Communications and Signal Processing Seminar
Strategic Information Transmission and Deception
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Strategic information transmission refers to a variation (and a substantial one) of the standard paradigm of information transmission in communication (design of an encoder and a decoder in unison to minimize some distortion measure), where now the encoder and the decoder have (intentionally) misaligned objectives. This leads to a non-cooperative game with a dynamic (non-classical) information structure, where one can adopt as a solution concept either the Nash or the Stackelberg equilibrium. This talk will introduce this class of problems, which have been of interest to multiple communities, including economics, information theory, communication, signal processing, and control, having picked up considerable steam very recently. As an overview of the topic, both old and new results will be presented, with one of the highlights (and perhaps a surprising element) being that there appears to be a major difference between the structures of the solutions under Nash and Stackelberg equilibria, even when the channel is Gaussian and the (misaligned) distortion measures are quadratic. Strategic information transmission is an important underlying feature of deception games, which will be highlighted in the talk, as well as non-trivial extensions to multi-stage scenarios, with adversarial intrusion and elements of deception.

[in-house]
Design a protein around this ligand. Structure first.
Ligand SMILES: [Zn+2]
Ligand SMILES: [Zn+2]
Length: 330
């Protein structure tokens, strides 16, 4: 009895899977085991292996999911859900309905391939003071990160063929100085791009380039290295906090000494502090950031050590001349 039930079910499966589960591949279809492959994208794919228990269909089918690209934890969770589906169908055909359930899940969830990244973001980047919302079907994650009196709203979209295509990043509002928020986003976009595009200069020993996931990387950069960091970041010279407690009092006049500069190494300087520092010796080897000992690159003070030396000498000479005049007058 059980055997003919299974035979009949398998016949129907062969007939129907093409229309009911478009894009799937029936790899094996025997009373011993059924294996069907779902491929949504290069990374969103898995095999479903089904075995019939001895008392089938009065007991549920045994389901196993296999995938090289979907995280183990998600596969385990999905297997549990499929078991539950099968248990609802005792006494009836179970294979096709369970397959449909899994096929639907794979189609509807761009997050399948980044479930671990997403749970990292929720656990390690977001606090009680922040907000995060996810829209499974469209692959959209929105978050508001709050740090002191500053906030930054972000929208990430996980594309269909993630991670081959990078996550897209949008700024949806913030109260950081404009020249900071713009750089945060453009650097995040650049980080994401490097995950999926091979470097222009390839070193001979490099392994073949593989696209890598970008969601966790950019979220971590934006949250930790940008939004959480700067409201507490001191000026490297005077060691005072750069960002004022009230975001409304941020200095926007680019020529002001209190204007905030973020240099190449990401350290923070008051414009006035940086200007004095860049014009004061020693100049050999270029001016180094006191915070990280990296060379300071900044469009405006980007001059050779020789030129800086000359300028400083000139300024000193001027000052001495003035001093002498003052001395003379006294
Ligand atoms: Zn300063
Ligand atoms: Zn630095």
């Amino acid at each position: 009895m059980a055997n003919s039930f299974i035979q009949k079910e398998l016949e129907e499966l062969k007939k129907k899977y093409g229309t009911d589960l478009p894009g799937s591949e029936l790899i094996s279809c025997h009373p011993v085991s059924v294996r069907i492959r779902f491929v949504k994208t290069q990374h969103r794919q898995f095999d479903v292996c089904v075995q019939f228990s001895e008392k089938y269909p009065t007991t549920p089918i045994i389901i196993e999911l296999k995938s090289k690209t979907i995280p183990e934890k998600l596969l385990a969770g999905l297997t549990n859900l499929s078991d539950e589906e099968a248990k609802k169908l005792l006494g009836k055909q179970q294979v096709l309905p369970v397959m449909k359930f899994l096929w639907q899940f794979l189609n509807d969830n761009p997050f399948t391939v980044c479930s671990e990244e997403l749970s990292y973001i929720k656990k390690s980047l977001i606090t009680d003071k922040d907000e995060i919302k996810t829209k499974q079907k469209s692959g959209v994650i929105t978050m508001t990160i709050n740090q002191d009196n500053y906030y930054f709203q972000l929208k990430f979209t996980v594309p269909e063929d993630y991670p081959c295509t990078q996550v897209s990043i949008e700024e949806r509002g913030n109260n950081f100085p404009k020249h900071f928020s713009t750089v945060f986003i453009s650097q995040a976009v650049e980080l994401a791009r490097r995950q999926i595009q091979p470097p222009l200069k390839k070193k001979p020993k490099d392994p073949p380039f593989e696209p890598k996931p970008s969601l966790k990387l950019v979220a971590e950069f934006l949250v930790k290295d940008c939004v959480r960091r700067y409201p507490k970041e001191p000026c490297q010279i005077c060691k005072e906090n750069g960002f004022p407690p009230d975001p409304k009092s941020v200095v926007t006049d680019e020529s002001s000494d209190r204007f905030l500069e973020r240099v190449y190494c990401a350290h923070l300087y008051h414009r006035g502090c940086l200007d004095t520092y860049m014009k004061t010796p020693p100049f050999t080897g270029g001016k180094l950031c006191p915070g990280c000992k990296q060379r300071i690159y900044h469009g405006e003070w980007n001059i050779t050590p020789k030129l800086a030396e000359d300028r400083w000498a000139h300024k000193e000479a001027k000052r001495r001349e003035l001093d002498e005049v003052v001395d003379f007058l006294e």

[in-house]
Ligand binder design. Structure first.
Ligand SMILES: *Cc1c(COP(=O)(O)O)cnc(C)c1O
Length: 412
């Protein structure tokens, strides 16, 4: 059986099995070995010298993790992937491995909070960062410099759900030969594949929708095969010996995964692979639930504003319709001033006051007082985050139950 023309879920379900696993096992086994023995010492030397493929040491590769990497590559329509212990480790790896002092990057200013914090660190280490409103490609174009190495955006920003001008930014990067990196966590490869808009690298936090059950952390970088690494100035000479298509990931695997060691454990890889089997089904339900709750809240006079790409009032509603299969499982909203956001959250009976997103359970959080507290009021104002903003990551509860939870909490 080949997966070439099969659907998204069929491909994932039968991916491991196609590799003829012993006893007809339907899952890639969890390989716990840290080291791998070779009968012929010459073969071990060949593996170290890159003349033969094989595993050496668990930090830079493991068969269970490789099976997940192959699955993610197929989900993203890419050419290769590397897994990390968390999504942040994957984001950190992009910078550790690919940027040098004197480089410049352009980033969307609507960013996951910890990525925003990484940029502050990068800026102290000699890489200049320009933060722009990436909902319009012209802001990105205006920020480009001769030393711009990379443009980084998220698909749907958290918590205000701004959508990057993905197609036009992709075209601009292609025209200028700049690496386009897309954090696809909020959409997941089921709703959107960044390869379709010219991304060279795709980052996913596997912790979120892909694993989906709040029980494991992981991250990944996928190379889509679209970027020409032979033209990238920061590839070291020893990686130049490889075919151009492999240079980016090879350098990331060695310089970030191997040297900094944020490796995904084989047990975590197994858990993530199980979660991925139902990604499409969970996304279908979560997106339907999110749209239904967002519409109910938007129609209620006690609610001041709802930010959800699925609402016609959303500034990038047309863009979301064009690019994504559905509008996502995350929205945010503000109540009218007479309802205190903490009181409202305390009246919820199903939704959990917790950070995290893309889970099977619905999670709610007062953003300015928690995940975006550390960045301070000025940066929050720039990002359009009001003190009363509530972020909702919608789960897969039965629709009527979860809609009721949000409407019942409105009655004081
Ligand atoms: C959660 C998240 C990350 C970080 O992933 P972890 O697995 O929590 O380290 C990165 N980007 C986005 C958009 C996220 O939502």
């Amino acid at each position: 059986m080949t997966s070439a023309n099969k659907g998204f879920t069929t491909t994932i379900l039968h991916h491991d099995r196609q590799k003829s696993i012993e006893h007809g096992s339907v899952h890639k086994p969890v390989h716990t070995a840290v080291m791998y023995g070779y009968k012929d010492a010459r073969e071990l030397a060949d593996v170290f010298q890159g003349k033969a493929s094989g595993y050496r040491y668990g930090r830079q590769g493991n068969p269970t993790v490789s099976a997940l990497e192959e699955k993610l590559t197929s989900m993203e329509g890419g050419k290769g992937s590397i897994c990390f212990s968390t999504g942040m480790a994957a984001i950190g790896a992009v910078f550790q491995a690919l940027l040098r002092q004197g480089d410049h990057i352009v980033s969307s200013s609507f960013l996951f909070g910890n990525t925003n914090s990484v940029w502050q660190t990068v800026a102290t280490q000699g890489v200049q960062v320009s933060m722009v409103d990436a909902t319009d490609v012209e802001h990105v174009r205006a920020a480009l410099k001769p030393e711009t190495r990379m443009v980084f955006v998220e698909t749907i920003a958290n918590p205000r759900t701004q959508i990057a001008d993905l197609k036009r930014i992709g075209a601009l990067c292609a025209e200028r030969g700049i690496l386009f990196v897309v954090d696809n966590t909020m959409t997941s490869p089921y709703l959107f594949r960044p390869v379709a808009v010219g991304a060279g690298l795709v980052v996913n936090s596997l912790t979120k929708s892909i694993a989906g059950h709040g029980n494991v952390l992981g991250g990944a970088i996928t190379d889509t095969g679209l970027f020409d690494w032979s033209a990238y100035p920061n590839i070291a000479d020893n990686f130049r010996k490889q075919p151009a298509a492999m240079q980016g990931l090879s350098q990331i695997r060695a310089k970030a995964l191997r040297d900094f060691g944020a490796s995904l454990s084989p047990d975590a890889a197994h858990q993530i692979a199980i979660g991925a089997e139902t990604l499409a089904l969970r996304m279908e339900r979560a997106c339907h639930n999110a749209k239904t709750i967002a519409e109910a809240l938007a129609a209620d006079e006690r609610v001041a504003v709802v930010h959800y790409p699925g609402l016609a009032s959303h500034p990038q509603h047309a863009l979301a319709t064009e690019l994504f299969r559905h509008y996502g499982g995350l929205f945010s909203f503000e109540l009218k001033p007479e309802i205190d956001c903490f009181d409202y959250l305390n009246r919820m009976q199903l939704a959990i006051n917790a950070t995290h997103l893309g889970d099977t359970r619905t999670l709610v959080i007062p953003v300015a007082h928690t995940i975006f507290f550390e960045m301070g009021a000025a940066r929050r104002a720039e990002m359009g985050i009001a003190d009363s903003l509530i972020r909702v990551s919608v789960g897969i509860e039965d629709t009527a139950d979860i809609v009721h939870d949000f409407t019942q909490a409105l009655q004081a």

(This is based on joint work with Emrah Akyol, Cedric Langbort, and Muhammed Sayin)
Tamer Başar has been with the University of Illinois at Urbana-Champaign since 1981, where he holds the academic positions of Swanlund Endowed Chair; Center for Advanced Study (CAS) Professor of Electrical and Computer Engineering; Professor, Coordinated Science Laboratory; Professor, Information Trust Institute; and Affiliate Professor, Mechanical Science and Engineering. He is also the Director of the Center for Advanced Study. At Illinois, he has also served as Interim Dean of Engineering and Interim Director of the Beckman Institute for Advanced Science and Technology. He is a member of the US National Academy of Engineering and the European Academy of Sciences; Fellow of IEEE, IFAC, and SIAM; a past president of the IEEE Control Systems Society (CSS), the founding president of the International Society of Dynamic Games (ISDG), and a past president of the American Automatic Control Council (AACC). He has received several awards and recognitions over the years, including the highest awards of IEEE CSS, IFAC, AACC, and ISDG, the IEEE Control Systems Technical Field Award, and a number of international honorary doctorates and professorships, most recently an honorary doctorate from KTH, Sweden. He has over 900 publications in systems, control, communications, optimization, and dynamic games, including books on non-cooperative dynamic game theory, robust control, network security, wireless and communication networks, and stochastic networks. He was Editor-in-Chief of the IFAC Journal Automatica between 2004 and 2014, and is currently editor of several book series. His current research interests include stochastic teams, games, and networks; multi-agent systems and learning; data-driven distributed optimization; security and trust; energy systems; and cyber-physical systems.